In cephalometrics both angular and linear variables have been proposed in the analysis of sagittal jaw relationship and jaw position. Angular measurements can be erroneous as a result of changes in facial height, jaw inclination, and total jaw prognathism; linear variables can be affected by the inclination of the reference line. In the present article, a method of geometric correction of linear analysis of sagittal jaw relationship and jaw prognathism (based on a standardized occlusal plane) is described. The method is applied to radiographic material (from King's College Hospital, London) of 33 children who, at the age of 19, exhibited Class I occlusal patterns. While uncorrected linear measurement suggested stability of the sagittal jaw relationship from the age of 11 to 19 years, the geometrically corrected value demonstrated a marked reduction in sagittal jaw relationship. The method is developed further to demonstrate the increase in jaw prognathism measured as lined parameters with origin at point sella, the results illustrating again the advisability of correction of geometric errors.
"Of those Downs, Steiner, Tweed, Ricketts and Jacobson probably have gained the widest acceptance. The analyses of Coben, Wylie, Sassouni, Enlow and associates Bimler, Edward Beatty's AXD angle, Rocco J. Di Paolo, Stephen Williams, Sang D Yang are perhaps less widely used, but they are nevertheless well known. "
[Show abstract][Hide abstract] ABSTRACT: In orthodontic diagnosis and treatment planning, assessment of anteroposterior discrepancy is of importance to the orthodontist. Both angular and linear measurements have been incorporated into various cephalometric analyses to help the clinician diagnose anteroposterior discrepancies and establish the most appropriate treatment plan. Hence the present study is designed to establish the norms of Beta angle to assess the sagittal discrepancy for Nellore district population.
The sample was screened from the old records of the Orthodontic department of Narayana Dental College and Hospital. One hundred and fifty pretreatment cephalometric radiographs (50 each of Class I, II, and III) were subdivided based on ANB, Wits appraisal, and Beta angle into skeletal Class I, II, III. The same cephalograms were again classified into skeletal Class I, II, and III based purely on Beta angle. Each group was again divided into 2 subgroups consisting of 25 male and 25 female subjects with a mean age limit between 15 and 45 years old.
The Newman-keuls post hoc test and ANOVA showed that the 3 groups were significantly different (P ≤ 0.001). The Newman-keuls post hoc test also found the groups to be significantly different.
There was statistically significant difference for, the mean values and the standard deviation for Beta angle within the three skeletal patterns (Class I, Class II and Class III skeletal patterns). There was no statistically significant difference among the mean values of beta angle between Nellore district population and Caucasian norms and between male and female sex groups.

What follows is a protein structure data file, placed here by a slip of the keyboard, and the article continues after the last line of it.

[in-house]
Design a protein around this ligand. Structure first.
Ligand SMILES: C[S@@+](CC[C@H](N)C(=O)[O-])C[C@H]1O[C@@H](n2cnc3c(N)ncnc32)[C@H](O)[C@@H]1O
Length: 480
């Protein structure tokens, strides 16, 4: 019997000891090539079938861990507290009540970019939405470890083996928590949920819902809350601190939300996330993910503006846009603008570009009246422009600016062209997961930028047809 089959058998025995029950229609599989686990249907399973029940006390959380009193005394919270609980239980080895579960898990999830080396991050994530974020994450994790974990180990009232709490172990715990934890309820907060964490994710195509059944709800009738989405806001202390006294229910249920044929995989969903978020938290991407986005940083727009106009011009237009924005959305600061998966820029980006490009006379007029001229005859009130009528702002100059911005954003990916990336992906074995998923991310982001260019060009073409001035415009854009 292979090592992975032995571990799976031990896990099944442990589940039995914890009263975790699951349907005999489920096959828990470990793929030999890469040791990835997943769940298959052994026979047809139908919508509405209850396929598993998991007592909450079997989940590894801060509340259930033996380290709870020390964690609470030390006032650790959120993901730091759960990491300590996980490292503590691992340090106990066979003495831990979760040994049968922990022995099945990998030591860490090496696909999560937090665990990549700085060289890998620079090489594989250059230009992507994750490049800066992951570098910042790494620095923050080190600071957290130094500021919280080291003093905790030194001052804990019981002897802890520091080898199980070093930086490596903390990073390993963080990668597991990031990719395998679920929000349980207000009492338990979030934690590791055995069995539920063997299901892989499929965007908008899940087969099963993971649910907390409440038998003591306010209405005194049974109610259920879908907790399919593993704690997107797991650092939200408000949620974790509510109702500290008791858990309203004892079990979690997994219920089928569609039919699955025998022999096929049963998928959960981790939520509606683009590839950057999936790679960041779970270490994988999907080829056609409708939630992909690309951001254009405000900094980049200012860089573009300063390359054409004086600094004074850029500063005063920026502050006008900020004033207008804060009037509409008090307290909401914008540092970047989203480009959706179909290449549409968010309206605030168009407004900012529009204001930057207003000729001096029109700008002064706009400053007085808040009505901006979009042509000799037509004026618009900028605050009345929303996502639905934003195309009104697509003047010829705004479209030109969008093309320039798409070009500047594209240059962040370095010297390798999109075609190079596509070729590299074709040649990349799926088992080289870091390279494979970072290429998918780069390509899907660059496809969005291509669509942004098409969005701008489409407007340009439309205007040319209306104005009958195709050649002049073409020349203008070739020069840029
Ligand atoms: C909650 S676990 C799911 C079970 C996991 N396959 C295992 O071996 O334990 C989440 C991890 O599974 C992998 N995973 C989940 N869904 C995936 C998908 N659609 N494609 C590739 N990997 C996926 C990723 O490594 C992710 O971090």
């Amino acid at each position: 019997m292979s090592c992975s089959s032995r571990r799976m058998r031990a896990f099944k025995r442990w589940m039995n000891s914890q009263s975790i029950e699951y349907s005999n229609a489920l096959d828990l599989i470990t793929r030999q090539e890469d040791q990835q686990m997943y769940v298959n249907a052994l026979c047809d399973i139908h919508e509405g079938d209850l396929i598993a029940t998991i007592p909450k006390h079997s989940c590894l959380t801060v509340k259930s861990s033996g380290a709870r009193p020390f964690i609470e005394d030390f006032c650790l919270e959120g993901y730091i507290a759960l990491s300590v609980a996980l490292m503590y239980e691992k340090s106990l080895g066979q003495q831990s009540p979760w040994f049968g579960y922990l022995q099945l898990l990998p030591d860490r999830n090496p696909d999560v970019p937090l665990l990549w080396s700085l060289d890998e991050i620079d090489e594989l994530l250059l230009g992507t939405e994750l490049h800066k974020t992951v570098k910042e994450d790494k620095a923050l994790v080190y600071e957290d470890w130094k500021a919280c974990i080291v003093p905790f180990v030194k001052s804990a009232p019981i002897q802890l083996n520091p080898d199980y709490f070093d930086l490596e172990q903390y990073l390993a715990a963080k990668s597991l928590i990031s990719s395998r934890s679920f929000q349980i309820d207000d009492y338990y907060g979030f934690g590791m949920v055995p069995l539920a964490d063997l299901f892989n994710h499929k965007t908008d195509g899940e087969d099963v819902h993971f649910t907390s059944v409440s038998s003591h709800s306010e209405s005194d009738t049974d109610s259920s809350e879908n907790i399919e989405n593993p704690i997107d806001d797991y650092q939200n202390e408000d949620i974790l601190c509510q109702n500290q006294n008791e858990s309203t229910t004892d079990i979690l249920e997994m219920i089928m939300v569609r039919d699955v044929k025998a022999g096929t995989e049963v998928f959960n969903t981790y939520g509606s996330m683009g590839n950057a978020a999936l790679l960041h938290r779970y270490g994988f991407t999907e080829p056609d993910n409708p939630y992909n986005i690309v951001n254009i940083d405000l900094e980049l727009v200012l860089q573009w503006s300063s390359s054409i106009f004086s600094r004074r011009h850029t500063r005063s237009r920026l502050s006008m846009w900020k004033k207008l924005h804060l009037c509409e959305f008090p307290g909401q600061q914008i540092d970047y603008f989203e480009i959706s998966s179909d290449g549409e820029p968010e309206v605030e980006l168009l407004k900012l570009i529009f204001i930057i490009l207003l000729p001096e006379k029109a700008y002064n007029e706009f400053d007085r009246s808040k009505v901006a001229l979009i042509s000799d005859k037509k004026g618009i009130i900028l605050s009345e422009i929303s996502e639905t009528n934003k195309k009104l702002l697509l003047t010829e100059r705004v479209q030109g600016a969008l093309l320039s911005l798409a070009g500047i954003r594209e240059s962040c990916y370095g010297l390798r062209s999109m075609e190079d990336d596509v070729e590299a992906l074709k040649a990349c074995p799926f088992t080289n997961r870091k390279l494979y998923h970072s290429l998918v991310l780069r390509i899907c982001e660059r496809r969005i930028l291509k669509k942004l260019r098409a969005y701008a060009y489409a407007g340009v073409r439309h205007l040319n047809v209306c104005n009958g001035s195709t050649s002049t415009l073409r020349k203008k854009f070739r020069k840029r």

[Show abstract][Hide abstract] ABSTRACT: The aim of the present article was to identify morphologic characteristics in the craniofacial skeleton of the 11-year-old child that could indicate potential development of a Class III skeletal pattern. A radiographic material consisting of 24 children (13 girls, 11 boys) at an average age of 11 years 0 months, who in adulthood demonstrated a Class III skeletal pattern, was compared with a control group of 33 children (16 boys, 17 girls, average age 11 years 6 months) chosen retrospectively on the basis of Class I occlusion. The analysis was performed by means of both linear and angular variables and results are reported both as group means and individual analyses. No one morphologic trait indicative of potential Class III development could be isolated because the study clearly demonstrated the existence of different skeletal combinations. The development of the maxilla, both in size and position, was clearly demonstrated by the linear analysis to be an etiologic factor in Class III development. However, maxillary retrognathism was usually masked in the angular analysis because a reduction in length of the anterior base with subsequent effect on the position of point nasion was often seen in these cases. Mandibular prognathism was a frequent observation, although a true macrognathia was uncommon. In the majority of cases, mandibular prognathism was the result of an increase in the ratio between mandibular length and dorsal position of the glenoid fossa (articulare). The relative merits of angular and linear analyses are discussed in relation to the results presented.
American Journal of Orthodontics 05/1986; 89(4):302-11. DOI:10.1016/0002-9416(86)90052-7
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